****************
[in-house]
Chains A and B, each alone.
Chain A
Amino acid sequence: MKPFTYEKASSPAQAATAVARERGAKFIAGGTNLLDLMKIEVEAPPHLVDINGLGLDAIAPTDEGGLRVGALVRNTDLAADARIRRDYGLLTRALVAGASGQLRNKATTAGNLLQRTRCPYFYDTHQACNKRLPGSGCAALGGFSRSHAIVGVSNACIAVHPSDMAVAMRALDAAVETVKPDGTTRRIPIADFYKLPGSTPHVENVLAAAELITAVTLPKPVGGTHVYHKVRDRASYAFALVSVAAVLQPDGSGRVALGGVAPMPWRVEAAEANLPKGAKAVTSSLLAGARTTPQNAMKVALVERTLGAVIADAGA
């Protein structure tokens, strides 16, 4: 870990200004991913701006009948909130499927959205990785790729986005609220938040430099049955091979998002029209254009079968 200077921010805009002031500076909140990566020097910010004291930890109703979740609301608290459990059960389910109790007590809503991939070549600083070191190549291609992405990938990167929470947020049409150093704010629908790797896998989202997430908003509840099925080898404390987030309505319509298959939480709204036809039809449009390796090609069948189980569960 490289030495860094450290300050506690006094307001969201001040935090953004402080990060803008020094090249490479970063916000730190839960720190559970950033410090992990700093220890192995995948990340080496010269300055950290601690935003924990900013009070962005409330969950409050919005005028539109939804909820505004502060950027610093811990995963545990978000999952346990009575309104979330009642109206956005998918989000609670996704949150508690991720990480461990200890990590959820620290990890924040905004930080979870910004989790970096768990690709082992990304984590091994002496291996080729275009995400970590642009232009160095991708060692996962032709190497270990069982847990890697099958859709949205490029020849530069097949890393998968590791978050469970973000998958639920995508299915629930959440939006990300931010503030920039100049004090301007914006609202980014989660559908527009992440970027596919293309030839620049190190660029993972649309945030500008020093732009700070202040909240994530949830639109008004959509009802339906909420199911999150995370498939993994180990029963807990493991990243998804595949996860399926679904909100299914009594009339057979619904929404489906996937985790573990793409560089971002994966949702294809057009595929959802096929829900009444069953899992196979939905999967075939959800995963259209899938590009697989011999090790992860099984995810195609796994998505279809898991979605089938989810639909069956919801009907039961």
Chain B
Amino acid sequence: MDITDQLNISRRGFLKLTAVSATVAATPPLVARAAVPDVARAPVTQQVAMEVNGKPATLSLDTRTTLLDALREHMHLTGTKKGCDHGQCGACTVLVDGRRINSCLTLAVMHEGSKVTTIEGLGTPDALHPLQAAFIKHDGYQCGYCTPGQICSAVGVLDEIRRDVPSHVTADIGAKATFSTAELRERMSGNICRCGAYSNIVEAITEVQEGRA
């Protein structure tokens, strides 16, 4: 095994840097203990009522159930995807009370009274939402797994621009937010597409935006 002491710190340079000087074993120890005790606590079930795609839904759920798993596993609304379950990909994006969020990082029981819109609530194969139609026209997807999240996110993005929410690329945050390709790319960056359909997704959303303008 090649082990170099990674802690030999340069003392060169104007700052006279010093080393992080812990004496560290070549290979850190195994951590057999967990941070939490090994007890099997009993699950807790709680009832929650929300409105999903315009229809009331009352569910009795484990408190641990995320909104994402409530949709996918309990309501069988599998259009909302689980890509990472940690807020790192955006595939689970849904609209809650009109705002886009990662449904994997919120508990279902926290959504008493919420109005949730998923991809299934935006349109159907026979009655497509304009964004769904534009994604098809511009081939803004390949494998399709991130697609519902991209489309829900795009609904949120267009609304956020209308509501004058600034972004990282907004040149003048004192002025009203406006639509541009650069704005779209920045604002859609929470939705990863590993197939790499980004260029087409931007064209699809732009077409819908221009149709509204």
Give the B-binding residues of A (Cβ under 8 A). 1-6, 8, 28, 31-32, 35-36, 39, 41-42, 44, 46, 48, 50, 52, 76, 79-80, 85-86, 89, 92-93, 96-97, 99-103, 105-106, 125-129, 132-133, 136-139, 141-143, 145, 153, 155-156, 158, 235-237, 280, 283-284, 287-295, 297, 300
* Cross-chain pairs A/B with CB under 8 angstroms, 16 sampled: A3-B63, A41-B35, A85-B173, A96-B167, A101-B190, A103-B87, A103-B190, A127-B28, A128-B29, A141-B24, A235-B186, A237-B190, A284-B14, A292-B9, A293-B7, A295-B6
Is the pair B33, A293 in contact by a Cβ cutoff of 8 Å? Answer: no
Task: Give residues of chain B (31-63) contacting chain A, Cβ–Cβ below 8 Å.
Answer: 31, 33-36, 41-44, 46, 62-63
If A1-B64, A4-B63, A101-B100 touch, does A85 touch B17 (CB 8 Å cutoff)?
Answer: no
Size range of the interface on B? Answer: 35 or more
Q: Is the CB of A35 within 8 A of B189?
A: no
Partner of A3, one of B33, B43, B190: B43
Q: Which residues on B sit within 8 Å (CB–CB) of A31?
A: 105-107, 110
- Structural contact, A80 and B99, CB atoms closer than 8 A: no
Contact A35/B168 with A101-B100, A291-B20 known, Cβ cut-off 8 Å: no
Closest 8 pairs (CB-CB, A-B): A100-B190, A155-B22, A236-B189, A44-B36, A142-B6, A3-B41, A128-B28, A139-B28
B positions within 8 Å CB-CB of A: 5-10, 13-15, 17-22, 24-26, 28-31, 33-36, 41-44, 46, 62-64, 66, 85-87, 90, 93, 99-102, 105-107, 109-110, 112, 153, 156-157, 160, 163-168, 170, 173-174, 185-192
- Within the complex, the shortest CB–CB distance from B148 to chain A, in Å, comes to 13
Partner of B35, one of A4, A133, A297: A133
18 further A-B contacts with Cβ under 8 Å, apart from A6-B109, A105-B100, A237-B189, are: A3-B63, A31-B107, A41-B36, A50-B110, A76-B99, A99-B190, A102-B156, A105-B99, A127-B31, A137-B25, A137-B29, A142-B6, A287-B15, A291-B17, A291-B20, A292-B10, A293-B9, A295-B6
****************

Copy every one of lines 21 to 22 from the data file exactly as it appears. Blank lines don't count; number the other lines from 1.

A: 105-107, 110
- Structural contact, A80 and B99, CB atoms closer than 8 A: no